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RE: Sea reptile is biggest on record
Colin - any ideas on what these mega-pliosaurs ate? (By the looks of those
teeth, it sure wasn't plankton.)
> Date: Thu, 28 Feb 2008 08:18:22 +1100
> From: email@example.com
> Subject: Re: Sea reptile is biggest on record
> To: firstname.lastname@example.org; email@example.com
> firstname.lastname@example.org wrote:
>> So even if estimates of its length are more or less accurate,
>> the largest icthyosaur is not only longer but also will be more massive?
>> The artists rendition of said beast in last year's National Geographic
>> certainly put it in the Sperm whale class.
> Depends on body proportions: length isn't everything. Physeter is
> pretty chunky.
>> Can anyone speculate if this find even outclasses the several undescribed
>> large pliosaur finds from the UK, which the WWD series ran away pell-mell
>> with on the Liopluridon segment "fantasy" segment?
> Sure. S. sikanniensis is way bigger than the upper range of body sizes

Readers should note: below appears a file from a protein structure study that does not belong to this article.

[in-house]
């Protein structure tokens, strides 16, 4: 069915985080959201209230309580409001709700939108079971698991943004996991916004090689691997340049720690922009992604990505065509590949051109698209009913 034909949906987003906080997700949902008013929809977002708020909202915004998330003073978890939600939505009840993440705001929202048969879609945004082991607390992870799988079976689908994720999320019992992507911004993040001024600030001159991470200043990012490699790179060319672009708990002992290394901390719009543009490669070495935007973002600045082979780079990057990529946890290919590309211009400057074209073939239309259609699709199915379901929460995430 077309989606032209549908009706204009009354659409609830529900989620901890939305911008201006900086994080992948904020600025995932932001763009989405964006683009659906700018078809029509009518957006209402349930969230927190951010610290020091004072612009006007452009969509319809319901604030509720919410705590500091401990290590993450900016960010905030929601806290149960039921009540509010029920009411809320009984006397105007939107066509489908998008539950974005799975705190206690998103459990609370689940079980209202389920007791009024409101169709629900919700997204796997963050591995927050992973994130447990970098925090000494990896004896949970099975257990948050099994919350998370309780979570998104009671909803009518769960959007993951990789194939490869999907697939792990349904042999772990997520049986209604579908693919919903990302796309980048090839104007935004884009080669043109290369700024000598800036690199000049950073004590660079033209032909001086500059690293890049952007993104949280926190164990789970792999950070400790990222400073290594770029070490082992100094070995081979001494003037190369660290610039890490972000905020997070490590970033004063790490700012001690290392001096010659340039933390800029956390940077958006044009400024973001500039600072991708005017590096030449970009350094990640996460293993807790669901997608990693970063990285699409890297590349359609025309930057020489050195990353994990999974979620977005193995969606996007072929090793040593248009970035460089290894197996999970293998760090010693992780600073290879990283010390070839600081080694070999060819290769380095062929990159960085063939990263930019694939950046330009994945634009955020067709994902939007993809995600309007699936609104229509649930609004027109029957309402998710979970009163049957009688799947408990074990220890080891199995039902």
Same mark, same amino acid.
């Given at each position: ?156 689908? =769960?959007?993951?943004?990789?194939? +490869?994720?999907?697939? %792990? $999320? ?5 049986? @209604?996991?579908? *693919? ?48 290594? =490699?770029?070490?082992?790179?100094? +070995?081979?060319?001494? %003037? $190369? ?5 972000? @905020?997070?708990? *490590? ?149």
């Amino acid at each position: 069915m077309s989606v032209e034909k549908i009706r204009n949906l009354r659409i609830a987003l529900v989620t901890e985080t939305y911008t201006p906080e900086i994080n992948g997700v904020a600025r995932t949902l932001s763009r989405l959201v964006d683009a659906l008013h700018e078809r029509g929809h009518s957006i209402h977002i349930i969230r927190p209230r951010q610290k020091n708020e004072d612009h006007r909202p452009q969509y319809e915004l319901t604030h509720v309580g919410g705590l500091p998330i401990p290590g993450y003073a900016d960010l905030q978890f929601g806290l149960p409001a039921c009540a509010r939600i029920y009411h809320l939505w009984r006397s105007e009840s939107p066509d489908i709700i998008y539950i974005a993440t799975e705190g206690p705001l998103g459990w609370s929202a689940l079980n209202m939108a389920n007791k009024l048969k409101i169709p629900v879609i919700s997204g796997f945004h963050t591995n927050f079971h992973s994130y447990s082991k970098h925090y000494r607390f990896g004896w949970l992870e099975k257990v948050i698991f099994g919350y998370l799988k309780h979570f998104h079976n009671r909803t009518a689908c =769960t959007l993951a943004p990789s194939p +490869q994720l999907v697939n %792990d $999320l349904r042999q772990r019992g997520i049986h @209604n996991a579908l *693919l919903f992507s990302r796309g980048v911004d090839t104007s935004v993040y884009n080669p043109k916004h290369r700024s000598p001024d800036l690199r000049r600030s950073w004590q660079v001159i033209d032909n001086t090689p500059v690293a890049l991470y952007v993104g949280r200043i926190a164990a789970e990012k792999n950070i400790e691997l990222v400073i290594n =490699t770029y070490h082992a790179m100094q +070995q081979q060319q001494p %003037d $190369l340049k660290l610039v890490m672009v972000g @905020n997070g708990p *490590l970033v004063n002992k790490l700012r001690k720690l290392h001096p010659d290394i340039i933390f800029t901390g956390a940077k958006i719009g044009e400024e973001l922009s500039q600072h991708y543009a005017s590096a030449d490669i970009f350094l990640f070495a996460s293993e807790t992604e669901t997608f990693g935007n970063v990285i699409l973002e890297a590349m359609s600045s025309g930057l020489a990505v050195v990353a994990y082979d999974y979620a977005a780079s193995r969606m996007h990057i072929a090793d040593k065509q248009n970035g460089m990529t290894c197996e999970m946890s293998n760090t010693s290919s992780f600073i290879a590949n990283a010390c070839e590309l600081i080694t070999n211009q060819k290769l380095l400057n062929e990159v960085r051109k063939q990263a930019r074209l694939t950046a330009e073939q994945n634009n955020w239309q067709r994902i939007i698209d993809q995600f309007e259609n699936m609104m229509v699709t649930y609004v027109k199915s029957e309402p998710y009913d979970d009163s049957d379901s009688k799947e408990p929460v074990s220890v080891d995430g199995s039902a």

> that can be speculated for UK pliosaur material ;-). Unless there's been
> some new material, it's difficult to stretch a length for a
> mega-pliosaur much past 15-16m, and I think even that could be pushing it.
>> I hope someone sends
>> the group of researchers on both these finds a pile of money so that work
>> could proceed quickly on getting some sort of descriptions published -
>> ancient marine reptiles are fascinating.
> Great idea!
> Colin McHenry
> Computation Biomechanics Research Group http://www.compbiomech.com/
> School of Engineering (Mech Eng)
> University of Newcastle
> NSW 2308
> t: +61 2 4921 8879
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